With this existing body of expertise, it was only natural that when the UO introduced a program in environmental studies in the 1980s, it encouraged undergraduates to study not just the natural and social sciences pertaining to environmental issues, but the humanities as well. This immediately distinguished the UO’s program, Westling said.
Fast forward to 2003, when the UO launched its first official recruitment effort for a dedicated “environmental humanist” faculty member and hired philosopher Ted Toadvine. Now head of the philosophy department, Toadvine specializes in environmental philosophy and the philosophy of nature.
When he arrived, Toadvine found colleagues across disciplines eager to collaborate on courses that combine the sciences and humanities. With biology professor Brendan Bohannan, for example, he teaches a course on the philosophy of ecology, which delves into questions such as the ethics of biodiversity.
Thanks to the collaborative spirit of Toadvine and Bohannan, this has been a true marriage of two fields seemingly at opposite ends of the academic spectrum.
“We did not want it to be two disciplines just stuck together,” Toadvine said. “Brendan insisted that we both be involved with all classes, together, and model conversations for students. We picked texts that brought out the philosophical difficulties with ecology as a science. We wanted students to ask, ‘What are the strengths of the scientific approach, and what are the limits?’”
The emphasis isn’t on solving the big problems of ecology—it’s on asking the right questions. “We don’t give our students the answer at the end of the day,” Toadvine said. “Because we don’t know the answer.”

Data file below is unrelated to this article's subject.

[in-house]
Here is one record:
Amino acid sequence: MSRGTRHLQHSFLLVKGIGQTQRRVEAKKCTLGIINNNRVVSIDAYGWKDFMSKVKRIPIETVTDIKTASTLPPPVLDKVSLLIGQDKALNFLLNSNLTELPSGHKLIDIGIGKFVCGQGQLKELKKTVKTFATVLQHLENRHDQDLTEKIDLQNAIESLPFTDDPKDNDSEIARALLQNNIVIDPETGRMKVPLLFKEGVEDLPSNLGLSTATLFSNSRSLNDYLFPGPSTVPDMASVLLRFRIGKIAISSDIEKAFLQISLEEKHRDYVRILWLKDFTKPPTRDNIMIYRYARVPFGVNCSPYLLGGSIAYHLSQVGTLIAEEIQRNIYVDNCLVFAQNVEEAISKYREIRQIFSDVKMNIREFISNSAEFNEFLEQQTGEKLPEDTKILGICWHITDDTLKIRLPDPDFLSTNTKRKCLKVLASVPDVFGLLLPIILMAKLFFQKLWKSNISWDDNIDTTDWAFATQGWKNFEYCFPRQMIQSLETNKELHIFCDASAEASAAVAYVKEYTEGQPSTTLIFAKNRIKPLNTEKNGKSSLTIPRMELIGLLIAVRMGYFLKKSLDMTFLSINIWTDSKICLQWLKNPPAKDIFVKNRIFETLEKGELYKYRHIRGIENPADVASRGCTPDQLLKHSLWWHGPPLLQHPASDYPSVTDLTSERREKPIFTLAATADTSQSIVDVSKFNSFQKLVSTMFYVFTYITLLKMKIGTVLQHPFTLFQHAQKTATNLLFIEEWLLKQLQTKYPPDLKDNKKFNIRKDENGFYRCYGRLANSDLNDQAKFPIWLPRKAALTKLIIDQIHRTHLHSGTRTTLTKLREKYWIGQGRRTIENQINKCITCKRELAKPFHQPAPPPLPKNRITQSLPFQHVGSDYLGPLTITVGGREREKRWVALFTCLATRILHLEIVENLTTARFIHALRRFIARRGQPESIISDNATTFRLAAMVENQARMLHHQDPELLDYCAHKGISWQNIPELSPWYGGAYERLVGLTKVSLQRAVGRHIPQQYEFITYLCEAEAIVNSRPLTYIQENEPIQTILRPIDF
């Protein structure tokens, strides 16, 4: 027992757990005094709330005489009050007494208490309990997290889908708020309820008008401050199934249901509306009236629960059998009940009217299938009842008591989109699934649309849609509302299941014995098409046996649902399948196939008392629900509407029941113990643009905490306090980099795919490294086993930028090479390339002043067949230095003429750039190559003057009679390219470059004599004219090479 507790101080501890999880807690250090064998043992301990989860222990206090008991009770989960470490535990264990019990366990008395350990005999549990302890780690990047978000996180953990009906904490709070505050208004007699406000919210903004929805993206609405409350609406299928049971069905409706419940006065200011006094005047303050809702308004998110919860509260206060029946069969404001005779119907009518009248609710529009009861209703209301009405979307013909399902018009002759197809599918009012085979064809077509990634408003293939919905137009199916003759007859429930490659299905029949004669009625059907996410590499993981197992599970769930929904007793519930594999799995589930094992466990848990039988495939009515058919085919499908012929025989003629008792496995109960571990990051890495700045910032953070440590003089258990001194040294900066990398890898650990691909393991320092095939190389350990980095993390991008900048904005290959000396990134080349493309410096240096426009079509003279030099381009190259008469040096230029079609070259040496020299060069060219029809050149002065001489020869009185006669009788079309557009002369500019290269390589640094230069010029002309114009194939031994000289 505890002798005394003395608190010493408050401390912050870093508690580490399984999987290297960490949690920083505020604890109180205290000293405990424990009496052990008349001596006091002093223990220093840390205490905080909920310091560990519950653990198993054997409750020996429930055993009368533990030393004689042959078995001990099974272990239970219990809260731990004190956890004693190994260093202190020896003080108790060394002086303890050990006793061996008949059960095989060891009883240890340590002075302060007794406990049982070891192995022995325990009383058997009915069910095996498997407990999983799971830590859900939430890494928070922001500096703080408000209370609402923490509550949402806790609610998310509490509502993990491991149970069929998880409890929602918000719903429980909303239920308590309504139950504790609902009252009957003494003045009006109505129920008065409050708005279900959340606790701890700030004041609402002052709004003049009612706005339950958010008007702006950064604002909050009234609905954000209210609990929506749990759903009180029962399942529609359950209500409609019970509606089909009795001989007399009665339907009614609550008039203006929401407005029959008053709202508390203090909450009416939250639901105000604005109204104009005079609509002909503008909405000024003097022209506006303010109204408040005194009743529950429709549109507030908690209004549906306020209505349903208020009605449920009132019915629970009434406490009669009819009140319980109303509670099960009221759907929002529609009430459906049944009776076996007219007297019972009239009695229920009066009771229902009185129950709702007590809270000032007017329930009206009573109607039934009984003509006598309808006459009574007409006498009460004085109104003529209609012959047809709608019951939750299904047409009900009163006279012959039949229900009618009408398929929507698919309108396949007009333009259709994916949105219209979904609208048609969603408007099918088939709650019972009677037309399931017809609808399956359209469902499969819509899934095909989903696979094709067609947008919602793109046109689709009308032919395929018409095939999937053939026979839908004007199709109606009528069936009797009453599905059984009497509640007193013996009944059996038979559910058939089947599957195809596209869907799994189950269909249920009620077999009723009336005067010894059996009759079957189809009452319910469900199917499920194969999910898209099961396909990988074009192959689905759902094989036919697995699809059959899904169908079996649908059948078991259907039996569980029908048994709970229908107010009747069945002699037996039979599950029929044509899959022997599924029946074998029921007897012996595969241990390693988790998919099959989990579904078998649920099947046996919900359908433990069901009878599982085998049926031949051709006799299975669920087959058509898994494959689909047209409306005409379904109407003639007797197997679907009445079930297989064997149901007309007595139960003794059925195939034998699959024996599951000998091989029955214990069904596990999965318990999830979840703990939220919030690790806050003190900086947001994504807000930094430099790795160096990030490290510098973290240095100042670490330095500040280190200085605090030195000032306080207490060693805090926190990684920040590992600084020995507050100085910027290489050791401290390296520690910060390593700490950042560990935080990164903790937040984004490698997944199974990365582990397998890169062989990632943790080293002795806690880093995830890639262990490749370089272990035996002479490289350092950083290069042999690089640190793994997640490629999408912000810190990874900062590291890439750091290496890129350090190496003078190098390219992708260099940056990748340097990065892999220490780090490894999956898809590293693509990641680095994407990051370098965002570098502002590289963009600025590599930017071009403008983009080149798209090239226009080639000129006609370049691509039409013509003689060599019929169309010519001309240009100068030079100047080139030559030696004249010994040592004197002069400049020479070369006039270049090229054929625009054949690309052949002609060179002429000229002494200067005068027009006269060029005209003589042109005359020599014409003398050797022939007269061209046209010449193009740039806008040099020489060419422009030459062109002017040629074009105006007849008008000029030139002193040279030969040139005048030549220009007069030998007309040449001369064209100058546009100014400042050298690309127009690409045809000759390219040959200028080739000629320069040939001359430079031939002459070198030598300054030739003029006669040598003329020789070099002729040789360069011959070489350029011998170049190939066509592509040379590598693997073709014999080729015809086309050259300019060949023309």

Framing thought-provoking questions is also the special prerogative of graduate students. A glimpse into the humanistic questions they are pursuing can be gleaned from the profiles of current environmental studies doctoral students. (Each PhD student in the program names a “focal department” and half of this year’s doctoral students have named a humanities department.) A sampling of interests from those who identify English as their focal department:
• Erica Elliott is exploring “the environmental and ethical implications of converting former nuclear sites into wildlife refuges.”
• Shane Hall is interested in the ways environmental issues are “identified, misidentified or not identified, and portrayed in the mass media and literature,” and also “the effects of so-called eco-tourism on the global south, and sustainable development.”
• Taylor McHolm (mentored by LeMenager) is focused on “Western American literature and literature of the American West, and its overlap with policy and cultural conceptions of these environments.”
As McHolm’s area of interest suggests, his research crosses boundaries across both the humanities and social sciences. “It’s a requirement that we talk to people [across disciplines] in really significant ways in order to get our PhD,” he said. “The fact that that is championed by the university is really big.”
Part of LeMenager’s charge will be to more fully develop the university’s program for graduate students like McHolm, and also for the hundreds of undergraduates majoring in environmental studies. “I want to get people in the humanities excited about applying their skills to practical ends for the environment,” she said.
— Matt Cooper and Lisa Raleigh